2020 Fantasy Football Rankings

It’s about that time of year where football fans start planning their fantasy drafts. It’s such a simple activity, yet it’s so riveting. Everyone has their own opinions on players and everyone has their own draft strategy, but if you need some help with yours, you’ve come to the right place. Hope you enjoy my top 50 fantasy prospects for this season!!

Featured image credits: Sportsnaut, Cat Crave

1. Christian McCaffrey, RB1, Carolina Panthers, RB

Is this any surprise? CMC should be #1 on everyone’s list. He dominates both as a receiver and as a runner. This offseason, he inked an extension, though, but I still don’t expect any kind of contract hangover. He will have a new coach (Matt Rhule) and new QB (Teddy Bridgewater), but Rhule is a great offensive mind, and Bridgewater is used to having an elite, elusive back because he had Alvin Kamara in New Orleans. Watch CMC dominate again this season. 

 

2. Saquon Barkley, RB2, New York Giants

If Barkley can stay healthy, this is where he sits. His numbers as a rookie were elite. He had 2,028 total yards, 91 receptions, and 15 total TDs that year. If he even comes close to those numbers he’s worth taking with the #2 pick. 

 

3. Ezekiel Elliott, RB3, Dallas Cowboys

I’m a big fan of Zeke this year. Dallas’s passing game is gonna be elite this year, with Dak throwing to Amari Cooper, CeeDee Lamb, and Michael Gallup. That’s gonna create great running lanes for Zeke. Plus, he still has one of the best O-Lines in the league and he’s improved as a receiver. Watch out for Zeke this year.

 

4. Alvin Kamara, RB4, New Orleans Saints

Here’s where it gets tougher to rank. Kamara is a superb athlete, but his workload and durability are the concerns. However, last year was the only year in which he experienced real injury issues. Plus, his workload on the ground isn’t too much of a concern since he catches so many passes. He said he played at 75% health most of last season, so I expect him to return to top five form at 100%.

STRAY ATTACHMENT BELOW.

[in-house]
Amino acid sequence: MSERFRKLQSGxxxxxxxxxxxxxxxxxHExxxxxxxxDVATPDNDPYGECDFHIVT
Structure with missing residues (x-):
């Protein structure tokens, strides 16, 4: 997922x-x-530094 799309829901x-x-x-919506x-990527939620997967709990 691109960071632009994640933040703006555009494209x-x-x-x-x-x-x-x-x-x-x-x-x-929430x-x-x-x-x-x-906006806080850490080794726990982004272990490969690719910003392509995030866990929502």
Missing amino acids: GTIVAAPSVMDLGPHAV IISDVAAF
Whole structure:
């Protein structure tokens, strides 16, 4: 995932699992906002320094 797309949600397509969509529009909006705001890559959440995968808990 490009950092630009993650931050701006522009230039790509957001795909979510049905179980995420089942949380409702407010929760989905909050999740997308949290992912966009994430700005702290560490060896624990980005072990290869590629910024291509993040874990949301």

5. Derrick Henry, RB5, Tennessee Titans

Henry was 2019’s biggest breakout. He’s a monster who carries the best rushing workload out of any NFL RB. However, he doesn’t catch passes at nearly the clip as my top four guys, so that decreases his value in PPR. I’d say he’s top three in Standard scoring, though. 

 

6. Dalvin Cook, RB6, Minnesota Vikings

Dalvin could legit be RB1 this season, but he could also be RB20. He’s oft-injured and his contract situation is less than ideal. This is a contract year, though, so he could be extra hungry to compete. Or, he didn’t put in the work this offseason while he waited for a contract. However, he’s still elite, as he finished last season with the second most fantasy points per game for RBs. He’s a high-risk, high-reward type of guy here.

 

7. Michael Thomas, WR1, New Orleans Saints

MT is quite the opposite of Dalvin. You know exactly what you’re getting; the most productive fantasy WR in the NFL. He’s only this low because the Saints added Emmanuel Sanders and Alvin Kamara will be healthy. Otherwise, he’s the same guy who put up 149 receptions on 185 targets last season. 

 

8. Davante Adams, WR2, Green Bay Packers

Adams finished as WR23 last season, but that’s misleading because he only played in 12 games. In actuality, he should’ve been WR6 because he averaged 17.7 fantasy points per game. I expect him to be even higher than that this season. Sure, the Packers are a run-first team, but Adams is Aaron Rodgers’ only reliable target. If Adams stays healthy, expect him to be elite. 

 

9. DeAndre Hopkins, WR3, Arizona Cardinals

It felt so weird writing that Hopkins is a Cardinal, but yet here we are. He had an “off” year in 2019 and was still WR5. The Cards should have a pass-happy offense that will benefit both Kyler Murray and DHop. With this year’s shortened offseason, chemistry between Kyler and DHop could be a little off, but I don’t see that being a problem during the second half of the season.

 

10. Julio Jones, WR4, Atlanta Falcons

Julio is always a top five receiver. He was WR3 last season, and for good reason. His problem has always been getting in the endzone, though. As big of a dude as he is, Matt Ryan doesn’t target him enough in the red zone. Hopefully that changes this season.